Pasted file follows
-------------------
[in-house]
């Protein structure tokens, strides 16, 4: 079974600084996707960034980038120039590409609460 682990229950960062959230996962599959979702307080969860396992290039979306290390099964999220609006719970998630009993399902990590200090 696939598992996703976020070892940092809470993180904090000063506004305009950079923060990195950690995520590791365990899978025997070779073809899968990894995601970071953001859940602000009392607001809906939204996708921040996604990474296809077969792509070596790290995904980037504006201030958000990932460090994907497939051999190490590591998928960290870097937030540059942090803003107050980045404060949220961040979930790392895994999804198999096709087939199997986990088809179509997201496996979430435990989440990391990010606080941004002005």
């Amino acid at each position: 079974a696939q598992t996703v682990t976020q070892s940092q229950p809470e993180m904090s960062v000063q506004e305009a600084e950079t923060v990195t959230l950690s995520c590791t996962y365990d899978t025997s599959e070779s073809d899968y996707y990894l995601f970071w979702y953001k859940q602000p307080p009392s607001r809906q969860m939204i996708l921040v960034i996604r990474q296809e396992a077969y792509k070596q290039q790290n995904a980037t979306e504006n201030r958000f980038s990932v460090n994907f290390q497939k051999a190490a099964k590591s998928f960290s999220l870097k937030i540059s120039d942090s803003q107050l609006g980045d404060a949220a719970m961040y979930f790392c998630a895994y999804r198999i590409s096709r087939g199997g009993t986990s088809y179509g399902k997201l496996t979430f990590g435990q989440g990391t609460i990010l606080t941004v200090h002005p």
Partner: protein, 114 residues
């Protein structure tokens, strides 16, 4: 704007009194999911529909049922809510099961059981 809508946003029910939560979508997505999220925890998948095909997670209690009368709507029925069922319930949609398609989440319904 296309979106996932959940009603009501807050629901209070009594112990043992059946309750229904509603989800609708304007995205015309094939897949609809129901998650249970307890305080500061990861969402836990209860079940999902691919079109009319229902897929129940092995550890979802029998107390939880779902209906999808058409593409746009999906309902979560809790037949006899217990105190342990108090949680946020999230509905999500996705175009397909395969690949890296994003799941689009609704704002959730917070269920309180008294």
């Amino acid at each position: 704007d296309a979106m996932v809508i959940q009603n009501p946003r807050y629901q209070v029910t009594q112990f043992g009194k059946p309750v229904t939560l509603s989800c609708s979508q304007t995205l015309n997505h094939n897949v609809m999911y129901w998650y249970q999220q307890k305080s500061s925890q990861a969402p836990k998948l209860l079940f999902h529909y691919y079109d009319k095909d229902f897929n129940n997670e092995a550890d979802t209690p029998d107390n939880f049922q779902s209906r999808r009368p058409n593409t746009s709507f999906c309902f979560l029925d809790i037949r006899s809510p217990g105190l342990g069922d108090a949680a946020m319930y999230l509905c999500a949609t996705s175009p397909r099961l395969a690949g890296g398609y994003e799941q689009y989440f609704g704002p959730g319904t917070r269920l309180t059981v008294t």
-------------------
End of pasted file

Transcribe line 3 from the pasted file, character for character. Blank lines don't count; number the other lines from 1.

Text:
């Amino acid at each position: 079974a696939q598992t996703v682990t976020q070892s940092q229950p809470e993180m904090s960062v000063q506004e305009a600084e950079t923060v990195t959230l950690s995520c590791t996962y365990d899978t025997s599959e070779s073809d899968y996707y990894l995601f970071w979702y953001k859940q602000p307080p009392s607001r809906q969860m939204i996708l921040v960034i996604r990474q296809e396992a077969y792509k070596q290039q790290n995904a980037t979306e504006n201030r958000f980038s990932v460090n994907f290390q497939k051999a190490a099964k590591s998928f960290s999220l870097k937030i540059s120039d942090s803003q107050l609006g980045d404060a949220a719970m961040y979930f790392c998630a895994y999804r198999i590409s096709r087939g199997g009993t986990s088809y179509g399902k997201l496996t979430f990590g435990q989440g990391t609460i990010l606080t941004v200090h002005p």